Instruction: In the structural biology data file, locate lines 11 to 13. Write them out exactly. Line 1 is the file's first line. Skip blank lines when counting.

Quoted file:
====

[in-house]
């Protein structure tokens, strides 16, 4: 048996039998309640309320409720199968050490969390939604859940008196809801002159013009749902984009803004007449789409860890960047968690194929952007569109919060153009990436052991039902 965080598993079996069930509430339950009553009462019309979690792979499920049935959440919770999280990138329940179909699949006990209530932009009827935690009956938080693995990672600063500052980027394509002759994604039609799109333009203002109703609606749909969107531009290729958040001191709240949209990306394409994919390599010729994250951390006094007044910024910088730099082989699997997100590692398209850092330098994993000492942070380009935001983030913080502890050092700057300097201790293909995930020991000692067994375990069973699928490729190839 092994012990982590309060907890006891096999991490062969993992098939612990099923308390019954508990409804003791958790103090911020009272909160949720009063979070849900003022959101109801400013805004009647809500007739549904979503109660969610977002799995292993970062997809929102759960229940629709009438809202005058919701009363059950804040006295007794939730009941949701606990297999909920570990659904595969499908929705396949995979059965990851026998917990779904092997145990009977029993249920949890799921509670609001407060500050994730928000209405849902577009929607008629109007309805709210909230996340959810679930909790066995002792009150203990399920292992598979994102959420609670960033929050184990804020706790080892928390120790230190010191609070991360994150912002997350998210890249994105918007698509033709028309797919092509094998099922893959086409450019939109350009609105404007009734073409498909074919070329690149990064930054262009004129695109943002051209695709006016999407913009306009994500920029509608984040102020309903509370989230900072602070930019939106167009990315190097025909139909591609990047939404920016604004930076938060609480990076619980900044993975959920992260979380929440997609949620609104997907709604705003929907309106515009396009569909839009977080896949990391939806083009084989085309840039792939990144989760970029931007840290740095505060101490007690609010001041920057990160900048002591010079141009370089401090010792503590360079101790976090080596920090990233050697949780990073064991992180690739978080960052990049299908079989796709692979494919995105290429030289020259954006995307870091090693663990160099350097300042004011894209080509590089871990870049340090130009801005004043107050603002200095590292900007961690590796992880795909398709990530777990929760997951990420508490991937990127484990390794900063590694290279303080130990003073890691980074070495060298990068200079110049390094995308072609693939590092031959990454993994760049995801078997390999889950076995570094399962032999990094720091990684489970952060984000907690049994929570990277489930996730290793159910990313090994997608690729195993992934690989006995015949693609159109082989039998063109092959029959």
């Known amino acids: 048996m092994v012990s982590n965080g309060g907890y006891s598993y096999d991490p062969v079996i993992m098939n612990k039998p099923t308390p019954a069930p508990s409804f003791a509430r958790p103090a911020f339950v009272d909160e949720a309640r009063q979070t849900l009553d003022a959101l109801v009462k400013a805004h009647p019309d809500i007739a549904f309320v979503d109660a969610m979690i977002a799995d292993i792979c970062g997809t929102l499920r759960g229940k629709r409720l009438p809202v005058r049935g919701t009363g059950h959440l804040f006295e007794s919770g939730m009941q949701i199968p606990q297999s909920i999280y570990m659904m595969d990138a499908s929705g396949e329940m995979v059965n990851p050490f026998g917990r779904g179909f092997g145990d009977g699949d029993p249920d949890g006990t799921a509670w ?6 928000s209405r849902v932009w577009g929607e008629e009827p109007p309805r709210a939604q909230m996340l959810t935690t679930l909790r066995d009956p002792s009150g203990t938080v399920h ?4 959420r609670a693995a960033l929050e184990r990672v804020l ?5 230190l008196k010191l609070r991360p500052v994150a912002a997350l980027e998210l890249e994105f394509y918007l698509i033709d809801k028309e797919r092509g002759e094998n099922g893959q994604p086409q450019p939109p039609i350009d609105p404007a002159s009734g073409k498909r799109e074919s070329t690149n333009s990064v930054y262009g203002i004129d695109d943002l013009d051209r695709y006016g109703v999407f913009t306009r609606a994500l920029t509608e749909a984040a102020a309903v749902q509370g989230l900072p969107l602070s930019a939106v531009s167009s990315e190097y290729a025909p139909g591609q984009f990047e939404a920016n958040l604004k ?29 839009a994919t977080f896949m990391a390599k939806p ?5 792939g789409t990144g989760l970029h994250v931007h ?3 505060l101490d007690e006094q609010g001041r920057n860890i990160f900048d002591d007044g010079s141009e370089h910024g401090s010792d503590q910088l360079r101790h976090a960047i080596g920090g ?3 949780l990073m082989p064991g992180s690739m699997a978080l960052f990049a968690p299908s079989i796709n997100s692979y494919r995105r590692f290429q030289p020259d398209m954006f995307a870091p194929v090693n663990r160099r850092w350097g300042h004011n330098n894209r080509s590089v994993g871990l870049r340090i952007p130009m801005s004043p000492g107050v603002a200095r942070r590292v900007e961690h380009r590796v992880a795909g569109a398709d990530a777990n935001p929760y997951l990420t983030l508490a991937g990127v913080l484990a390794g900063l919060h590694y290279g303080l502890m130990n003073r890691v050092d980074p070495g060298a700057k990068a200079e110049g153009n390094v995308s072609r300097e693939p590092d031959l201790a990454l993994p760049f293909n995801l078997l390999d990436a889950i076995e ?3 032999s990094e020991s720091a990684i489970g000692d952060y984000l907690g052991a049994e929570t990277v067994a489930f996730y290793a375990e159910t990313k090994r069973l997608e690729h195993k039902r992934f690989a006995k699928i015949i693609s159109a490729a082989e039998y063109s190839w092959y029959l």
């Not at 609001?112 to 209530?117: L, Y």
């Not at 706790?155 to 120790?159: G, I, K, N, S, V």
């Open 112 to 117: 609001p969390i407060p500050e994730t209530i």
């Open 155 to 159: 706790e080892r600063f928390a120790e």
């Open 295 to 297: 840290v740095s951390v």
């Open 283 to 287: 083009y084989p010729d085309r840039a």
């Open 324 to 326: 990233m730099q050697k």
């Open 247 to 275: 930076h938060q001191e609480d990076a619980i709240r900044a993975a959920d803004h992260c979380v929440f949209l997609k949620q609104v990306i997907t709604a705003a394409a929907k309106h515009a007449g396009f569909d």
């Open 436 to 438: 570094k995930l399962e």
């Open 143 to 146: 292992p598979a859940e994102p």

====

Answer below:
């Open 247 to 275: 930076h938060q001191e609480d990076a619980i709240r900044a993975a959920d803004h992260c979380v929440f949209l997609k949620q609104v990306i997907t709604a705003a394409a929907k309106h515009a007449g396009f569909d």
């Open 436 to 438: 570094k995930l399962e």
């Open 143 to 146: 292992p598979a859940e994102p």